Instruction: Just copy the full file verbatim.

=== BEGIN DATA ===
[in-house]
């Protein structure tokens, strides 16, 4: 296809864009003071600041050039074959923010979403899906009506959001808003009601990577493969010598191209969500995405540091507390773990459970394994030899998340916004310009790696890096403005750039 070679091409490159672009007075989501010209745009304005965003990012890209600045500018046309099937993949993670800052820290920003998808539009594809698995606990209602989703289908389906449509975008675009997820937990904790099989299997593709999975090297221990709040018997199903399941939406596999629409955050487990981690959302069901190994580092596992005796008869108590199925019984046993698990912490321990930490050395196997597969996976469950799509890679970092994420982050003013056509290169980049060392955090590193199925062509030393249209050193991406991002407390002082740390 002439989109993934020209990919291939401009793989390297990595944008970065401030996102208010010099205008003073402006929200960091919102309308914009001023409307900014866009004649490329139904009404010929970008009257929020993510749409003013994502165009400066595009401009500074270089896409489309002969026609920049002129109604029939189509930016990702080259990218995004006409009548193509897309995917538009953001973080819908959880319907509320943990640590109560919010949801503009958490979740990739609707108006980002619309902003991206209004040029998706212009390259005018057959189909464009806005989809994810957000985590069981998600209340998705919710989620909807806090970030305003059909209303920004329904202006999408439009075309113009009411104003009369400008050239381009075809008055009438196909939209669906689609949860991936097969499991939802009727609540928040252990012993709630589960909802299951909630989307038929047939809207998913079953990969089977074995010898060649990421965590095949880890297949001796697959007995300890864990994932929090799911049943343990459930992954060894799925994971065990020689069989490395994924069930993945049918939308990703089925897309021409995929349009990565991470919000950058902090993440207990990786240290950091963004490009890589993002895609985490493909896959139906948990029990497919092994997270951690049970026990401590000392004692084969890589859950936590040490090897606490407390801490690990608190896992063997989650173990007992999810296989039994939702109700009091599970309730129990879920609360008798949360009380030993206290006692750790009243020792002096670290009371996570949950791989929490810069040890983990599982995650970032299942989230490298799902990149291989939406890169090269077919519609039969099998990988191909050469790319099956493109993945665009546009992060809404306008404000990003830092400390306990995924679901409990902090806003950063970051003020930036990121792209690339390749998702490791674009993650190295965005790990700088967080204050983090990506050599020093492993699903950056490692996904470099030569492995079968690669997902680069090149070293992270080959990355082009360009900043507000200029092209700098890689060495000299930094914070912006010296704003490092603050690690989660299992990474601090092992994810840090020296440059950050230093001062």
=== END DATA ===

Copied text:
[in-house]
């Protein structure tokens, strides 16, 4: 296809864009003071600041050039074959923010979403899906009506959001808003009601990577493969010598191209969500995405540091507390773990459970394994030899998340916004310009790696890096403005750039 070679091409490159672009007075989501010209745009304005965003990012890209600045500018046309099937993949993670800052820290920003998808539009594809698995606990209602989703289908389906449509975008675009997820937990904790099989299997593709999975090297221990709040018997199903399941939406596999629409955050487990981690959302069901190994580092596992005796008869108590199925019984046993698990912490321990930490050395196997597969996976469950799509890679970092994420982050003013056509290169980049060392955090590193199925062509030393249209050193991406991002407390002082740390 002439989109993934020209990919291939401009793989390297990595944008970065401030996102208010010099205008003073402006929200960091919102309308914009001023409307900014866009004649490329139904009404010929970008009257929020993510749409003013994502165009400066595009401009500074270089896409489309002969026609920049002129109604029939189509930016990702080259990218995004006409009548193509897309995917538009953001973080819908959880319907509320943990640590109560919010949801503009958490979740990739609707108006980002619309902003991206209004040029998706212009390259005018057959189909464009806005989809994810957000985590069981998600209340998705919710989620909807806090970030305003059909209303920004329904202006999408439009075309113009009411104003009369400008050239381009075809008055009438196909939209669906689609949860991936097969499991939802009727609540928040252990012993709630589960909802299951909630989307038929047939809207998913079953990969089977074995010898060649990421965590095949880890297949001796697959007995300890864990994932929090799911049943343990459930992954060894799925994971065990020689069989490395994924069930993945049918939308990703089925897309021409995929349009990565991470919000950058902090993440207990990786240290950091963004490009890589993002895609985490493909896959139906948990029990497919092994997270951690049970026990401590000392004692084969890589859950936590040490090897606490407390801490690990608190896992063997989650173990007992999810296989039994939702109700009091599970309730129990879920609360008798949360009380030993206290006692750790009243020792002096670290009371996570949950791989929490810069040890983990599982995650970032299942989230490298799902990149291989939406890169090269077919519609039969099998990988191909050469790319099956493109993945665009546009992060809404306008404000990003830092400390306990995924679901409990902090806003950063970051003020930036990121792209690339390749998702490791674009993650190295965005790990700088967080204050983090990506050599020093492993699903950056490692996904470099030569492995079968690669997902680069090149070293992270080959990355082009360009900043507000200029092209700098890689060495000299930094914070912006010296704003490092603050690690989660299992990474601090092992994810840090020296440059950050230093001062």